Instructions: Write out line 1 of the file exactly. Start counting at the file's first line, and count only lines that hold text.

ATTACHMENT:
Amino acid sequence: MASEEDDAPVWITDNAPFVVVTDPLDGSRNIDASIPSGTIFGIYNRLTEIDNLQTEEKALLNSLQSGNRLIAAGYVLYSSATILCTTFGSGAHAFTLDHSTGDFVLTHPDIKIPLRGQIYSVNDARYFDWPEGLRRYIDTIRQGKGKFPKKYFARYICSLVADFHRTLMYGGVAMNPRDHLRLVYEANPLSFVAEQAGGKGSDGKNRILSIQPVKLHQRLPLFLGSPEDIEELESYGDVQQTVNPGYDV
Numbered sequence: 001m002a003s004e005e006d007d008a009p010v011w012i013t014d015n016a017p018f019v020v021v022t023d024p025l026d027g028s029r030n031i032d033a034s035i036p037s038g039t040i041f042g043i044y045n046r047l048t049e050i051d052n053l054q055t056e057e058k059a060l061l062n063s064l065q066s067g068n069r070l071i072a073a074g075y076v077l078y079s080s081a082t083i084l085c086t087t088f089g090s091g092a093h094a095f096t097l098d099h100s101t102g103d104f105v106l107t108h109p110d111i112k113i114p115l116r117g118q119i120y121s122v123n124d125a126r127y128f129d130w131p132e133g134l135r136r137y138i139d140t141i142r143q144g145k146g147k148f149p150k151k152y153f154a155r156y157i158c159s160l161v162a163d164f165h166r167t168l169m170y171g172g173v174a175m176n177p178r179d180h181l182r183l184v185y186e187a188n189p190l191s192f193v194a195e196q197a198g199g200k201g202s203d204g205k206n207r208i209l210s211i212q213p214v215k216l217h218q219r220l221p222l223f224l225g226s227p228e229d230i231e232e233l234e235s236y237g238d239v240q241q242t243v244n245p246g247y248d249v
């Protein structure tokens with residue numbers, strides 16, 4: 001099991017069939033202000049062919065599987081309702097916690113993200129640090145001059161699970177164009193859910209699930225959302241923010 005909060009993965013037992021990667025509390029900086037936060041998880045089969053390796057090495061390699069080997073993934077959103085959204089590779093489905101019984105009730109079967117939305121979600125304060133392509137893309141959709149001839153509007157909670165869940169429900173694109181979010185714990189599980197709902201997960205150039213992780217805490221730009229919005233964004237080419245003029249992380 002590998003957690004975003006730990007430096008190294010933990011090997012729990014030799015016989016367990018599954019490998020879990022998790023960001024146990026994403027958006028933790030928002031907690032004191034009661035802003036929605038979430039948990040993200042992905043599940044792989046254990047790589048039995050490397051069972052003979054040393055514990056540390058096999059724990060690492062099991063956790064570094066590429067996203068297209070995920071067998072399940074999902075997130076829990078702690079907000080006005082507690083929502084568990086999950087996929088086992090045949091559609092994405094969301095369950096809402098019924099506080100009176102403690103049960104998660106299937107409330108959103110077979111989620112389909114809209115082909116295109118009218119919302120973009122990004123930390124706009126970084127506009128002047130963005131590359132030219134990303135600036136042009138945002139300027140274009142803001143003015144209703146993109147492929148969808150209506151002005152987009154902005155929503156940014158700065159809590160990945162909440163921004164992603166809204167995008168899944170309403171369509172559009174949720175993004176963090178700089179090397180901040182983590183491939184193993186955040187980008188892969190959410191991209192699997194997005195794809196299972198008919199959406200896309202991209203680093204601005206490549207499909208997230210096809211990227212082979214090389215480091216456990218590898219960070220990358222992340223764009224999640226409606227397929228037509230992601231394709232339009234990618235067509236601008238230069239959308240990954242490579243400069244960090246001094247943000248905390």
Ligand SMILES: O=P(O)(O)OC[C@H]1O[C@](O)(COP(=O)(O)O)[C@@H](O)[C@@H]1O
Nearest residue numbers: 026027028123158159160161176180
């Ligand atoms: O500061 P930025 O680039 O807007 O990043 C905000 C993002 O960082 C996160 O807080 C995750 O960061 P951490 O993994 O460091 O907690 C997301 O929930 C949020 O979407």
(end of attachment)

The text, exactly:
Amino acid sequence: MASEEDDAPVWITDNAPFVVVTDPLDGSRNIDASIPSGTIFGIYNRLTEIDNLQTEEKALLNSLQSGNRLIAAGYVLYSSATILCTTFGSGAHAFTLDHSTGDFVLTHPDIKIPLRGQIYSVNDARYFDWPEGLRRYIDTIRQGKGKFPKKYFARYICSLVADFHRTLMYGGVAMNPRDHLRLVYEANPLSFVAEQAGGKGSDGKNRILSIQPVKLHQRLPLFLGSPEDIEELESYGDVQQTVNPGYDV